Make Your Mark


September 15ish is International Dot Day, which is a celebration of creativity inspired by the story, The Dot by Peter H. Reynolds. One of Peter’s mantras that he earnestly bestows upon both adults and children whom he encounters is “Make your mark.”

The other night Peter H. Reynolds was hosting the #K12artchat, a Twitter chat for art educators, and one of the  questions posed was why is it important for students to make their mark?

In my opinion, one reason it is important for students AND adults to make their marks is because the marks we make, the work we do, the work we put into some kind of shareable form functions as guideposts that lead to us to finding our authentic voice. 

Constantly trying things out, experimenting, and exploring ideas, techniques, voice, and scale is how we learn what we truly want to say or do and how to say it or do it best. Making our marks and doing work is how our work gets better, clearer and stronger. When our work is better, when it’s clearer, when it’s strong, is when our work has the potential to be more impactful.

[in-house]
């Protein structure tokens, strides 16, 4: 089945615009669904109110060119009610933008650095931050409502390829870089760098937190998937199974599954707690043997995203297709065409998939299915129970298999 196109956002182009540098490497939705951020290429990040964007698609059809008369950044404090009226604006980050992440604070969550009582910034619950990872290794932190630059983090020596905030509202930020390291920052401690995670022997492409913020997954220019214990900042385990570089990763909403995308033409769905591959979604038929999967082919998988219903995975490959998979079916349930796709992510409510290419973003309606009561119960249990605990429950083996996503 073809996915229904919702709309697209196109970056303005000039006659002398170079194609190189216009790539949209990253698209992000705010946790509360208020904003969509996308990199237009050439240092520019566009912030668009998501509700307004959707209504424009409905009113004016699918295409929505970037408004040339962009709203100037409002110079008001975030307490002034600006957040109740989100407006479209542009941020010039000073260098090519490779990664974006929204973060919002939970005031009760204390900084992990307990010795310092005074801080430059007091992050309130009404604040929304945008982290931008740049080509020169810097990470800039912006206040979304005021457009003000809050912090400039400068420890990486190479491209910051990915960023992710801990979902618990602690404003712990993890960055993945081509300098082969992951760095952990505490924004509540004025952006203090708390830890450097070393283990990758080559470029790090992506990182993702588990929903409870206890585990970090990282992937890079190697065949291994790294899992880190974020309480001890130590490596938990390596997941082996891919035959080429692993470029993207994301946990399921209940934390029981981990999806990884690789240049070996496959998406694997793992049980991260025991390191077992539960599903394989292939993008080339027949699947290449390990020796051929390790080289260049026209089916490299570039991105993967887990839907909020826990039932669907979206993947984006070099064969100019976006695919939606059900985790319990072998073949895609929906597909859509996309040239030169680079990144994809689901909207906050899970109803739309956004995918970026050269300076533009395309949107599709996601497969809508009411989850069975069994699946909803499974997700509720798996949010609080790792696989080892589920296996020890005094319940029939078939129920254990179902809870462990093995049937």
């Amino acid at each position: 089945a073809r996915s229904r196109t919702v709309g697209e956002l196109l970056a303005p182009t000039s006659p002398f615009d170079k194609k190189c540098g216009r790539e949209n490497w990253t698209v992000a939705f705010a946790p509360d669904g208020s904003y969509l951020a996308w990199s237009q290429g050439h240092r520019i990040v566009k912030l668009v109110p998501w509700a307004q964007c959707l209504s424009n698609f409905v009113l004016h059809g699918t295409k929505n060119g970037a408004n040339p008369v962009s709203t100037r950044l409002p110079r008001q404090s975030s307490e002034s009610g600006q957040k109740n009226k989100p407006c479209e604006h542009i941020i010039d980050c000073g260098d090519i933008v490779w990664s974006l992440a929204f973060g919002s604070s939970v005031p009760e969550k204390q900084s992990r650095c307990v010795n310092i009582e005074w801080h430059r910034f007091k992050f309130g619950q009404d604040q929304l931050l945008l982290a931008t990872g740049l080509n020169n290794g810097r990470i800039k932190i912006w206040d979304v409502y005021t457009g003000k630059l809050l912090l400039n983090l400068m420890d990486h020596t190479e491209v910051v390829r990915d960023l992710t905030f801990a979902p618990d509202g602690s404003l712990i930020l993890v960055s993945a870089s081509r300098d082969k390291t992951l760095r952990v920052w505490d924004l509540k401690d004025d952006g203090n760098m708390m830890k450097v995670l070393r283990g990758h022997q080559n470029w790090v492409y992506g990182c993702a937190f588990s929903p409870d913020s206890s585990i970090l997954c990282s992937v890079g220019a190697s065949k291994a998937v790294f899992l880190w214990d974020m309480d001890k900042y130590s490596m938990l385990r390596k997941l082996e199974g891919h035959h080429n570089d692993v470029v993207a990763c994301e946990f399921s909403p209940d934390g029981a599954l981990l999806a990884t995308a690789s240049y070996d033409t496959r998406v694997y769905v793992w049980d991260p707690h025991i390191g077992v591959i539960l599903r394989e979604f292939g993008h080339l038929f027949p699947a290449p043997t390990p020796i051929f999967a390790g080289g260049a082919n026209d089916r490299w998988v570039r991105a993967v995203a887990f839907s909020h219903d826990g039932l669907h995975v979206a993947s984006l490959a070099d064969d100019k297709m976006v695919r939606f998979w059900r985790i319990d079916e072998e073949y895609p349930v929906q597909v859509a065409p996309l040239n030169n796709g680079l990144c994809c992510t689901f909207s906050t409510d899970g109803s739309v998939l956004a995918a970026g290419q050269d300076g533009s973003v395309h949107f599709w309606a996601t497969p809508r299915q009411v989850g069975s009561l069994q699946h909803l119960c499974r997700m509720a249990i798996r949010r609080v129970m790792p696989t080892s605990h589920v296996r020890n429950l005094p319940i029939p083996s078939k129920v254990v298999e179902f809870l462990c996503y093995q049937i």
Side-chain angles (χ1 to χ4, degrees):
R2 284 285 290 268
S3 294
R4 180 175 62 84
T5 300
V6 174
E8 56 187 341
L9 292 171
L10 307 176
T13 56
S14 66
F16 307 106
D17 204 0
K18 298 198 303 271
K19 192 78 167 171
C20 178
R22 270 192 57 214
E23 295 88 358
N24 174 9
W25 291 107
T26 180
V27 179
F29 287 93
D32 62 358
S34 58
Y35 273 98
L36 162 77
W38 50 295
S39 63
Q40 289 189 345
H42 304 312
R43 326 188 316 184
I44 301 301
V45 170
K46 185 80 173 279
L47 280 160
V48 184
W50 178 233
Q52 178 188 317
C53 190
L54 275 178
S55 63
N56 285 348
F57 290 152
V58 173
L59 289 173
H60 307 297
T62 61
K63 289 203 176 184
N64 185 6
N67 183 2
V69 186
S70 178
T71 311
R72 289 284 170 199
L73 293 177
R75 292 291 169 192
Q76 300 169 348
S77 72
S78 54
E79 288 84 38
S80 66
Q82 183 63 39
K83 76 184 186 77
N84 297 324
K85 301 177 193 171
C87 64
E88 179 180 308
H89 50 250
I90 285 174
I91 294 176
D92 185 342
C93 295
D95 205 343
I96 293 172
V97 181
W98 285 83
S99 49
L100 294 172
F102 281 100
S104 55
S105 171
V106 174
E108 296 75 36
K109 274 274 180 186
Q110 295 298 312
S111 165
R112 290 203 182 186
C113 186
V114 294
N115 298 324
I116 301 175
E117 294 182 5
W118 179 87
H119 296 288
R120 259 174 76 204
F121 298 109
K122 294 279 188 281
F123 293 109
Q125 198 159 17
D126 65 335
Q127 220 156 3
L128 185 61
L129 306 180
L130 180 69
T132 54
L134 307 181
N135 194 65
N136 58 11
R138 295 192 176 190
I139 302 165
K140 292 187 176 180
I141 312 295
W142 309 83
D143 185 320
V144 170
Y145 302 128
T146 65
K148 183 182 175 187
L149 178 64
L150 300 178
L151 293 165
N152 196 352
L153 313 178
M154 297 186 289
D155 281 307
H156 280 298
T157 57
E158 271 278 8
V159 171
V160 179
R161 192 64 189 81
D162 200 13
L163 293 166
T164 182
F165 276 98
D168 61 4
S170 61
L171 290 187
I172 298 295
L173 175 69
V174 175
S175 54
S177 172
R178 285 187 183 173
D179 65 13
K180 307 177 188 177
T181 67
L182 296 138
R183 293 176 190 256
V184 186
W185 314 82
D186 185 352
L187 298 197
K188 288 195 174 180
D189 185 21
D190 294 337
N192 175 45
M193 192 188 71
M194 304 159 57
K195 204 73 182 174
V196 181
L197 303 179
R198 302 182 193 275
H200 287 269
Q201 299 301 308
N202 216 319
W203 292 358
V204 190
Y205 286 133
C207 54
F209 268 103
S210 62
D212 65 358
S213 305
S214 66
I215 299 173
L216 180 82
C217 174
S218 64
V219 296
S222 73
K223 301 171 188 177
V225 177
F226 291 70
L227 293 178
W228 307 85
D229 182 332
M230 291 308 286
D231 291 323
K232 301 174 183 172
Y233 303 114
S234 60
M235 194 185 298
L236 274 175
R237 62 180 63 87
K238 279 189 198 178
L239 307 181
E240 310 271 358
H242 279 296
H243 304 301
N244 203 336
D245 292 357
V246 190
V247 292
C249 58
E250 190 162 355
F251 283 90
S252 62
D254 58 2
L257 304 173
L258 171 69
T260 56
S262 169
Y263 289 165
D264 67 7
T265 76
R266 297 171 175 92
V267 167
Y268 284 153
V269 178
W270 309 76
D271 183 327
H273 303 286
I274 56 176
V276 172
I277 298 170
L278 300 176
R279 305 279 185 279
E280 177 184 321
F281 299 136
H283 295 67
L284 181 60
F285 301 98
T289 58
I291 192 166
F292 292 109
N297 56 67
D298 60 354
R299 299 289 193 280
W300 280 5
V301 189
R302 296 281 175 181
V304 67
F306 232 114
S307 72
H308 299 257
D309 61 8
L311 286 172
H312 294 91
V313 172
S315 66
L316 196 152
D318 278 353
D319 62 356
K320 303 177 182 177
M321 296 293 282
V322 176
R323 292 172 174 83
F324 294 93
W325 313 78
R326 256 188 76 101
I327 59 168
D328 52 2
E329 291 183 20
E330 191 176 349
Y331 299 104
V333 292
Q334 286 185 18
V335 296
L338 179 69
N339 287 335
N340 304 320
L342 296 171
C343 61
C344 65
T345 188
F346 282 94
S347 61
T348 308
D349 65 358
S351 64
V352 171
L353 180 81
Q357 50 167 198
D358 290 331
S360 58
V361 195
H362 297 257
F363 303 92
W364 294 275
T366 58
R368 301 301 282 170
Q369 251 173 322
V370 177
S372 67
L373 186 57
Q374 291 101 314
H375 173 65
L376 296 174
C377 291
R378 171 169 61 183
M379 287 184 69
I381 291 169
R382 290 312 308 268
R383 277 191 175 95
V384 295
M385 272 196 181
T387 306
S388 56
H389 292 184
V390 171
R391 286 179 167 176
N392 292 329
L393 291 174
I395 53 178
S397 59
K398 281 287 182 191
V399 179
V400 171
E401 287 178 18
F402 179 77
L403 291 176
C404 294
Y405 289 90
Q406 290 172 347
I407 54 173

Once we have found our voice, and found what and how to communicate, our marks act as guideposts for others, so that they can find and share their unique voices. Marks add up. 

Start making your marks. Help your students to make theirs. Let’s see where they lead, let’s see what they add up to. My guess is it will be something worth seeing.


Trevor (@trevorabryan)

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